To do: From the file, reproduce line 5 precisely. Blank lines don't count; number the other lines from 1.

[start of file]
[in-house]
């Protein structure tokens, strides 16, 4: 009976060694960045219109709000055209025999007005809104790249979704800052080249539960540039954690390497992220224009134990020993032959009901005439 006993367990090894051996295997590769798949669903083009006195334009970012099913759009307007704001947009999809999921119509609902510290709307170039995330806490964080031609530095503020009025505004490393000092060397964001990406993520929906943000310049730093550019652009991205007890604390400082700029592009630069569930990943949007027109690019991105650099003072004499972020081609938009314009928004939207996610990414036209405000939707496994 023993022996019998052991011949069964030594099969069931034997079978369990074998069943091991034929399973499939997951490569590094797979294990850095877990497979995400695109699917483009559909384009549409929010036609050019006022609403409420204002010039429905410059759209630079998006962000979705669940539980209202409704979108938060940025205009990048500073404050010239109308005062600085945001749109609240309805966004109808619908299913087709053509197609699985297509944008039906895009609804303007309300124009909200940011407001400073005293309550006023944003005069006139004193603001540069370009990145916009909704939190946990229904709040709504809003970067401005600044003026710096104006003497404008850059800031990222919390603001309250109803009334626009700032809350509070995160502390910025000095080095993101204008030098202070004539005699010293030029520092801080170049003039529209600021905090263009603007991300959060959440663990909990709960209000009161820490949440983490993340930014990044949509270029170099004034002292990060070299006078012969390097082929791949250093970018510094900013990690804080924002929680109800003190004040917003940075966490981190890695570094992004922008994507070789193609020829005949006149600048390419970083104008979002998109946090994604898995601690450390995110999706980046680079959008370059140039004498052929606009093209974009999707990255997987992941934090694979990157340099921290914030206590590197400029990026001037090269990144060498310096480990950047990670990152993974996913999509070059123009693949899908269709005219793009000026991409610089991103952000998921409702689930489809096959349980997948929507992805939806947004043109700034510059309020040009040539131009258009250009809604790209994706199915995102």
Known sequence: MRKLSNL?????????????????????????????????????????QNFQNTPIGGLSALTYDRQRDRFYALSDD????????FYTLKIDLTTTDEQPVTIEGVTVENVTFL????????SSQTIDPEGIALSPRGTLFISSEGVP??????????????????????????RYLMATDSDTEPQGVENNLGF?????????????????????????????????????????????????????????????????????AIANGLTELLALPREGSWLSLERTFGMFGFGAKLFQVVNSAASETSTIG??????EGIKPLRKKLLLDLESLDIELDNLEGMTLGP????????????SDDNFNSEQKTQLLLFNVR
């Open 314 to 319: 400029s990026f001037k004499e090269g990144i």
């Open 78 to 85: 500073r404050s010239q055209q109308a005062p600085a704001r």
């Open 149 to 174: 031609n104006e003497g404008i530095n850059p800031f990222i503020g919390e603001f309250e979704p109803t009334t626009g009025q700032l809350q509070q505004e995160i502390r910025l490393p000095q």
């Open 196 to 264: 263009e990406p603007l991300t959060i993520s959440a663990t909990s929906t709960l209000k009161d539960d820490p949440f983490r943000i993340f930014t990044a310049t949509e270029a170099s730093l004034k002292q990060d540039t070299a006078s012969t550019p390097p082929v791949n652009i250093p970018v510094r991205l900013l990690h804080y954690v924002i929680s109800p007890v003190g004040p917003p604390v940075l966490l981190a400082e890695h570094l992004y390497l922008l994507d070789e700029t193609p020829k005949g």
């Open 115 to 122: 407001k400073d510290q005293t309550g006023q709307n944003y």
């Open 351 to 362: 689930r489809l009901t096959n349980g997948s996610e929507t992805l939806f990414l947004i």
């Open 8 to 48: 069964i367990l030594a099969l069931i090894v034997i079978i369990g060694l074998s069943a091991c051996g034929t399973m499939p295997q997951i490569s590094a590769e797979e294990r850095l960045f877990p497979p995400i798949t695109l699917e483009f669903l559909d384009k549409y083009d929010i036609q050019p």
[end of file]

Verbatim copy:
């Open 78 to 85: 500073r404050s010239q055209q109308a005062p600085a704001r």